Harvesting the potential of forestry

2 Oct 2003

There is no getting away from the fact that the forest industry is facing major trading difficulties. But, as Rob McLagan writes in the New Zealand Herald, don't rush to write it off.

Peaks and troughs in the commodity cycle come and go, but trees keep growing. As a result, forest products, currently New Zealand's third largest export, are likely within 15 years to become the country's biggest earner.

During the last 50 years, the forest sector has experienced some major highs and lows. But after each downturn, the industry has bounced back with more resilience, to the point where it now employs around 23,000 New Zealanders.

Inevitably, growth brings with it challenges. And the current market difficulties need to be seen in the context of a rapid expansion from a modest base a few years ago.

Of the 22 million cubic metres (m 3) harvested sustainably in New Zealand last year, 60 per cent, or 13 million m 3, was processed into lumber, fibreboard, furniture, pulp, paper and the like. The rest was exported as logs.

Fifteen years ago, 95 per cent of the industry's exports were processed product. Logs barely featured.

In the intervening years we saw the volume of added-value products go from 8 million m3 to 13 million m3. It was a big increase, but not as big as the increase in log harvest.

It is a fact of commercial life that unprocessed commodities like logs are always subject to a high level of price volatility.

Right now, the log and semi-processed end of the market is experiencing very low prices and correspondingly low returns to forest growers. This is a result of depressed world markets, a high New Zealand dollar, higher electricity prices, increased competition from South America, in particular, increased freight rates, and some poor government policy settings.

In time, these factors will change and the industry profitability graph will trend upward again. It's in the nature of commodities.

The real question to address is whether the fundamentals of the industry are sound. Generally they are.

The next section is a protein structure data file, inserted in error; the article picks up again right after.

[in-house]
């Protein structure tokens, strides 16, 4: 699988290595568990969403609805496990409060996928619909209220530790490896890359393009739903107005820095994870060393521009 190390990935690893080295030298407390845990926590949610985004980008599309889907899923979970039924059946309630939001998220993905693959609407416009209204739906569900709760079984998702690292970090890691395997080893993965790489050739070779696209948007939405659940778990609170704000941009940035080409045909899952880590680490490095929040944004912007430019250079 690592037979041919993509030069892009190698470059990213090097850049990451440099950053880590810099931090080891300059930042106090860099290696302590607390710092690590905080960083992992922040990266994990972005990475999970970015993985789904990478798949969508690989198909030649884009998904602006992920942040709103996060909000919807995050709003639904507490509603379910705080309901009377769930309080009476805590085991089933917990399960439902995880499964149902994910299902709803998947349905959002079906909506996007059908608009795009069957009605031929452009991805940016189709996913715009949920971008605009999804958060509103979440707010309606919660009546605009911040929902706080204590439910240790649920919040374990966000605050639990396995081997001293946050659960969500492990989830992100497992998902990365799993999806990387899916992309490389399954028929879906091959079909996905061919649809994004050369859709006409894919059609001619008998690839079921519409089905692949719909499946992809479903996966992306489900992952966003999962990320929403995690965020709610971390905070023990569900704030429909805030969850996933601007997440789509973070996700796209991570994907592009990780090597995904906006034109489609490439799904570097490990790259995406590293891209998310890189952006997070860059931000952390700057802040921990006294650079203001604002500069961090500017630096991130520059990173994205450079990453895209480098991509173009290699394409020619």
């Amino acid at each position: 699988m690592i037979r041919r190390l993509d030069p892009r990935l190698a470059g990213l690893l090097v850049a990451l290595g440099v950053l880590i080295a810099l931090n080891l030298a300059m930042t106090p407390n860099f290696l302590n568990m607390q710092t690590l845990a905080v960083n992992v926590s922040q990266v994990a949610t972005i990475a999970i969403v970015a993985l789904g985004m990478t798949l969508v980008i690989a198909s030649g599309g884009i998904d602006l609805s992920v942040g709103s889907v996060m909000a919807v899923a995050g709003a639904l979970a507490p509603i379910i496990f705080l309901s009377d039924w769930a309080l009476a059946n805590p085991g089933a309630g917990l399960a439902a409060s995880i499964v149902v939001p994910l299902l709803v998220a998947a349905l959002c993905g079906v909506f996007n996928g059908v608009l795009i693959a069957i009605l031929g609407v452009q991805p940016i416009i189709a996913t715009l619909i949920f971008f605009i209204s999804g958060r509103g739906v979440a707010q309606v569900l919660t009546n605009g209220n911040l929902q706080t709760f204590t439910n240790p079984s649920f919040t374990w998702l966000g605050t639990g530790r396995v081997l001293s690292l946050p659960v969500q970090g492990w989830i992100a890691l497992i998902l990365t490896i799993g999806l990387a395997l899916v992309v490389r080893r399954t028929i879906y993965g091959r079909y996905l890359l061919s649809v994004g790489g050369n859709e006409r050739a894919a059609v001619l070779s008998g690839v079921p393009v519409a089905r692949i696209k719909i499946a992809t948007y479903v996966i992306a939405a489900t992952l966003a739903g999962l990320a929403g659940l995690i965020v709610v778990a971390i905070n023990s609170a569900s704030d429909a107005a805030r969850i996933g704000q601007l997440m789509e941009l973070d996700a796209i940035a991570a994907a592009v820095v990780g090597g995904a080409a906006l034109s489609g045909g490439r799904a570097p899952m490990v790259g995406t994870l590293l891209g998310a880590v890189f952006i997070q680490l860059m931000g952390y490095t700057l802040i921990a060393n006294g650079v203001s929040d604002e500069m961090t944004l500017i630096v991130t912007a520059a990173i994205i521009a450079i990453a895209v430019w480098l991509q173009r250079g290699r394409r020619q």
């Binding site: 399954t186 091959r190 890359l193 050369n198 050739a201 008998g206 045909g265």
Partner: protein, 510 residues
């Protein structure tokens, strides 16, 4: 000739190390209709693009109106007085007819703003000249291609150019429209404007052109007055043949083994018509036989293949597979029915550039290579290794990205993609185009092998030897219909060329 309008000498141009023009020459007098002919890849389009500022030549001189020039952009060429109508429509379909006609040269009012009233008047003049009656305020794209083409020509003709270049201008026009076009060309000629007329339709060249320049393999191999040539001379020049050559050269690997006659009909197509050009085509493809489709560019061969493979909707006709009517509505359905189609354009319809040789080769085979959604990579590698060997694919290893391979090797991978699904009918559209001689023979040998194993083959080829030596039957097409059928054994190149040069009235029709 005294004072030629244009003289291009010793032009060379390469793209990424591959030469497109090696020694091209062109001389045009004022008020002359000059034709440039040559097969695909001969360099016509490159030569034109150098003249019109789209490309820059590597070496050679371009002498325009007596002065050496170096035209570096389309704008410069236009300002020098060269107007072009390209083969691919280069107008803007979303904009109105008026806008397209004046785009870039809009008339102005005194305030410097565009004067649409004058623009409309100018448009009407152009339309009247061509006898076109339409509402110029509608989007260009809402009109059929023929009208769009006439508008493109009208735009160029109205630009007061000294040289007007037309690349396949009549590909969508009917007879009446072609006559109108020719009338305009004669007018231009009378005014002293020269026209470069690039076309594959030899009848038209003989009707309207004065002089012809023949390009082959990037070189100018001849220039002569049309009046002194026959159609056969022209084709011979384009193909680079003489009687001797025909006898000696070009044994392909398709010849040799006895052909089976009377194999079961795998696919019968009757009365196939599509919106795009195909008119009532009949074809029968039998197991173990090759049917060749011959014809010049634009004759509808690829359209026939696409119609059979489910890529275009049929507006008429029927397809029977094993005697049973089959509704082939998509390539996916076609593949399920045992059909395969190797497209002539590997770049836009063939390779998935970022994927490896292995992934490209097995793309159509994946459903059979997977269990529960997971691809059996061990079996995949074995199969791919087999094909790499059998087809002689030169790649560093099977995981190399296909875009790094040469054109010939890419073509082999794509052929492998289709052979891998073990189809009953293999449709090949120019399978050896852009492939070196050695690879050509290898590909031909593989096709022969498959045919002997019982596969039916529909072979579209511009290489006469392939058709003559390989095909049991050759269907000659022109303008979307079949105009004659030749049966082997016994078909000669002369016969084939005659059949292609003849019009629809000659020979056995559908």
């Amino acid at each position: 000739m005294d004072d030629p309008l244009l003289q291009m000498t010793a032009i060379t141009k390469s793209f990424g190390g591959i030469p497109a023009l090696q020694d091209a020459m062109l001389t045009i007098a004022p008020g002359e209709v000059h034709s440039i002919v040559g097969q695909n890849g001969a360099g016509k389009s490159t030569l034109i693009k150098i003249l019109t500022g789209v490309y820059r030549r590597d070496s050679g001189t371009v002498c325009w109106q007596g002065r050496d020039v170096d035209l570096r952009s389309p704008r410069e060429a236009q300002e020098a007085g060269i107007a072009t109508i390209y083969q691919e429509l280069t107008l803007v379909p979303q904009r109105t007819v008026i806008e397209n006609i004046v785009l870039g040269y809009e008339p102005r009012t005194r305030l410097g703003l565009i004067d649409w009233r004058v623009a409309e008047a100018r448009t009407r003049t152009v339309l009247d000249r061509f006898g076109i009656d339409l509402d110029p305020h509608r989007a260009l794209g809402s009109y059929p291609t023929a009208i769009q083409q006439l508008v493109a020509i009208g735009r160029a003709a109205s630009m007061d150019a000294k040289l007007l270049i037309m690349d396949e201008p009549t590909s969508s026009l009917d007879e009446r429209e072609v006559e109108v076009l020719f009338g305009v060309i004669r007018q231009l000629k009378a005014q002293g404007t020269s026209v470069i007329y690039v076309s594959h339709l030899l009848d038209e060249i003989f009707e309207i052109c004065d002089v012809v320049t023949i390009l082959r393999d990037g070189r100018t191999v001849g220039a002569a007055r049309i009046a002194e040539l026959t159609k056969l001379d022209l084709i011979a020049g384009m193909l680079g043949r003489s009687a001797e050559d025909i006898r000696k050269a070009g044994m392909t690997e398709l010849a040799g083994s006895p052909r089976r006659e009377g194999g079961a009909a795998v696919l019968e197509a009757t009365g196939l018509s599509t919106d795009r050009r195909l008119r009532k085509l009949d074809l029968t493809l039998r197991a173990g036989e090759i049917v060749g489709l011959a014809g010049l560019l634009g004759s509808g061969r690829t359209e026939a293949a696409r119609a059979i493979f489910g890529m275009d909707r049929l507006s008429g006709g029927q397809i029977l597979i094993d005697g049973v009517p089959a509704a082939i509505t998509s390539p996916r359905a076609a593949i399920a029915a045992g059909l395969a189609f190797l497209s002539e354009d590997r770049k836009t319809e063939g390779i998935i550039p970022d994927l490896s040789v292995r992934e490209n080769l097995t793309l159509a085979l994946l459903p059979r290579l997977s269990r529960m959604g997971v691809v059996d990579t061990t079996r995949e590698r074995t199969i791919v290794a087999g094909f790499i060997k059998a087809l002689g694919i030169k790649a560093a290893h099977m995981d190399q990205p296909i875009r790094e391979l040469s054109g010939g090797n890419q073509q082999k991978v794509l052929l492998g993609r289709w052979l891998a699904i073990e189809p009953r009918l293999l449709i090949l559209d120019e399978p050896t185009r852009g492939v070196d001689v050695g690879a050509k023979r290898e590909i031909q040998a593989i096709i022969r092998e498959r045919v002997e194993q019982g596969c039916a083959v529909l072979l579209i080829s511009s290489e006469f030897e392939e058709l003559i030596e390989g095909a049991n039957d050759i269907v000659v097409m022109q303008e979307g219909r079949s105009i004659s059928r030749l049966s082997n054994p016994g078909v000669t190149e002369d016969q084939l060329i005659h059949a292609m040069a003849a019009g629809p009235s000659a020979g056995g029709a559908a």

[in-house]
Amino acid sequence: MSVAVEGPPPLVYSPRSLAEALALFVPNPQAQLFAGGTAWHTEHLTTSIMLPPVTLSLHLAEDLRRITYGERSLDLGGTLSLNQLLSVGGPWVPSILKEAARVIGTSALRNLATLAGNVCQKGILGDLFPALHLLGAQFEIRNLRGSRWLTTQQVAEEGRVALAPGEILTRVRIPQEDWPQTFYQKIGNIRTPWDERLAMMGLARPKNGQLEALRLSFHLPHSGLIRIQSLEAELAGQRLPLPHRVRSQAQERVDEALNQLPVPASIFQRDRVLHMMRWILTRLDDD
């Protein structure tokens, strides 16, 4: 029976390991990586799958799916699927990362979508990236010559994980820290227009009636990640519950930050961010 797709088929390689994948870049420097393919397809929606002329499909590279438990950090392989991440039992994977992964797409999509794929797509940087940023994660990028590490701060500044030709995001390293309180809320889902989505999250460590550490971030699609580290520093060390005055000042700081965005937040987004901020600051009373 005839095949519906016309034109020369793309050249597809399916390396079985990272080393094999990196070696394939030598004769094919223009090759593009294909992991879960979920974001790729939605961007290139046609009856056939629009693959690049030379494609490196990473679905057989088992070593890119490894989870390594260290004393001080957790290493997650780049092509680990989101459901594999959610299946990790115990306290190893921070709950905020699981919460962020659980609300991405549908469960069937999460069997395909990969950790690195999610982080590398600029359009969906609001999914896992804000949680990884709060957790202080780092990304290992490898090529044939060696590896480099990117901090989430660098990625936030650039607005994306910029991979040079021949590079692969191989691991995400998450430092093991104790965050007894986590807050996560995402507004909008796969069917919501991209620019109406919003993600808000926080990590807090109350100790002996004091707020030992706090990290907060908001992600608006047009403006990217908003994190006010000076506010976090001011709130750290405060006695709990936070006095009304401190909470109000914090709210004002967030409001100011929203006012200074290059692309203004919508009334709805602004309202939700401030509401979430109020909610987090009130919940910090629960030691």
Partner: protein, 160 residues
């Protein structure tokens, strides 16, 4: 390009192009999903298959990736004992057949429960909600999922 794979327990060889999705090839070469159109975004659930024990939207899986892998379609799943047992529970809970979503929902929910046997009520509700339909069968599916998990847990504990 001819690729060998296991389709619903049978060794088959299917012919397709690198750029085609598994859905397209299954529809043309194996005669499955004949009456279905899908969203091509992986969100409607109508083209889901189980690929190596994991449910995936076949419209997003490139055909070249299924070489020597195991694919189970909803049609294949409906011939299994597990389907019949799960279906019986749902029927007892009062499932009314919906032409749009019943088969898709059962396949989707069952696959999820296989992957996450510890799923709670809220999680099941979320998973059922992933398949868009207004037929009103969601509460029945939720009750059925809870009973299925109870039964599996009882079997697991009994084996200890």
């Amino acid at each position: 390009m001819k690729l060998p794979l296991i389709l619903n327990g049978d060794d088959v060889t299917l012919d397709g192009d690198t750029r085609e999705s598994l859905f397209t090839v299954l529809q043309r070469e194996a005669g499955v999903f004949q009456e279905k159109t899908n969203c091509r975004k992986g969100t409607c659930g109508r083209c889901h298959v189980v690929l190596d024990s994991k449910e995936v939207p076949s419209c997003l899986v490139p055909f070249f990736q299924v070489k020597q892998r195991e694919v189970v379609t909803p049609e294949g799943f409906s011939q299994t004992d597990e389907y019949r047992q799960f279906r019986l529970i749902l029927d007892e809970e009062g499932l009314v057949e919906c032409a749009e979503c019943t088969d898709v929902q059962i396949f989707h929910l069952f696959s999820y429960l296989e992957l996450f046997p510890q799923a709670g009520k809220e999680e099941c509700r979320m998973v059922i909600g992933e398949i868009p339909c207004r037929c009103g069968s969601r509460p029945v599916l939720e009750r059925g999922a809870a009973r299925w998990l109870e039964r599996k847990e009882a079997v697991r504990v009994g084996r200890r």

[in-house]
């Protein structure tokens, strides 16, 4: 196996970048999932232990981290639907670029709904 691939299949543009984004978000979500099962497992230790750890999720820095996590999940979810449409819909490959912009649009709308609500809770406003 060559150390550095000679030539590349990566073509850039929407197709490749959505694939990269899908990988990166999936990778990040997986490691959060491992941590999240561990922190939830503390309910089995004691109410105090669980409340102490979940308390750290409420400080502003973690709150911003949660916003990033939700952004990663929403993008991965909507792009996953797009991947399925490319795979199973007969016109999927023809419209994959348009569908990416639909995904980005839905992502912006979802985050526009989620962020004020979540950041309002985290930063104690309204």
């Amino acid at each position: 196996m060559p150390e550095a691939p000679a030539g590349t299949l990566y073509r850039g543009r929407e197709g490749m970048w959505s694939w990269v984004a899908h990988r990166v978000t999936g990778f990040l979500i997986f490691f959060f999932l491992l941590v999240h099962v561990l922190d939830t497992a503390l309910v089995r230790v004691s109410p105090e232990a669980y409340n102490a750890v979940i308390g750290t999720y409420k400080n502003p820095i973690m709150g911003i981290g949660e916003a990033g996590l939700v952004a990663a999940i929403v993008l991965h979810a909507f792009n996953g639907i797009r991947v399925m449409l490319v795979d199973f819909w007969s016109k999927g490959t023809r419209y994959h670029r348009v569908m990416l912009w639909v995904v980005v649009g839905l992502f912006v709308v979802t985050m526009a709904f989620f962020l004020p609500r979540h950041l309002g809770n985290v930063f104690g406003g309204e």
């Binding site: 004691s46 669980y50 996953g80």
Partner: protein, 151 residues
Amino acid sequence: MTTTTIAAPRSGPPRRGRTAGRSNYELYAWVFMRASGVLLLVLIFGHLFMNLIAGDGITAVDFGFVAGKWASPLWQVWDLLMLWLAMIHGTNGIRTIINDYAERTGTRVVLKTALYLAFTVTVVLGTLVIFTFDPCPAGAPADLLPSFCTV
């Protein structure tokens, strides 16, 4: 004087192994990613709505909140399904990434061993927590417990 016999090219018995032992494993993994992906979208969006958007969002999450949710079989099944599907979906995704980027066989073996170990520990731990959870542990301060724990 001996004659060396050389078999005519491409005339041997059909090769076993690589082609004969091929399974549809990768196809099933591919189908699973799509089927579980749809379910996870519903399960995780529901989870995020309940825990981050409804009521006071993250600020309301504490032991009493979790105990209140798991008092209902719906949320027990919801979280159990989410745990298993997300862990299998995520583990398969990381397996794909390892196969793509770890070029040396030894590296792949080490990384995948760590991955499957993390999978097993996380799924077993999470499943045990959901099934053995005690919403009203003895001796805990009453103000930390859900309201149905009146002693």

Pinus radiata is an environmentally sustainable product and is part of the solution to climate change. New Zealand has extremely favorable growing conditions for radiata pine; sound management and a skilled workforce; a world class research capability; and generally an efficient infrastructure.

We know the global demand for wood fibre is increasing at a steady rate and that it is becoming increasingly costly to harvest wood in competing sources of supply, such as Russia.

We also know that forests in many other countries are being protected for environmental reasons and that the pressure to stop illegal logging is increasing.

All these are positives.

However, let's not underestimate the seriousness of the current downturn. In the past 12 months, log prices to Korea have fallen by around 25 per cent, and average prices of timber to the United States were down around 29 per cent in June.

The response of some forest owners has been to reduce harvesting, resulting in some retrenchment in harvesting capacity. Unfortunately we have also seen a number of processing sector lay-offs.

There is some evidence that export prices and volumes have bounced off the bottom of the cycle. The United States market is slowly recovering, the Australian market is relatively strong, and the worst could be over in Asia, with prices stabilising, albeit at lower levels.

The reality is that all exporters will need to learn to live with a NZ/USA exchange rate close to current levels.

The adjustment will be that much more difficult if the domestic business environment is not made more sympathetic to business investment and growth.

Probably even more significant are the high tariffs and non-tariff barriers faced by the forest sector in overseas markets. Tariffs cost the forest industry (and New Zealand) around $45 million a year, and non-tariff barriers around $165 million.

A successful outcome to the Doha round of international trade negotiations is therefore especially important to the economic health and growth of the industry. Hopefully the disappointments of Cancun will be followed by real progress at the next meeting in the round.

Taken in the context of the long-term nature of forestry, crop rotations are around 27 years compared to wheat at 1 year and livestock between 1 and 3 years, the current downturn, while dramatic from a public perspective, is certainly not disastrous.

In fact, in one or two years the market position could be much more positive. Let's hope so.
In that time, employment levels in the industry will have increased significantly and the industry's role as an important driver of economic growth and job creation will have continued its long-run upward trend.

Let's hope, too, that an improved business climate has led to higher levels of investment in new or expanded processing capacity. This is needed to insulate the industry from the worst of the international commodity fluctuations.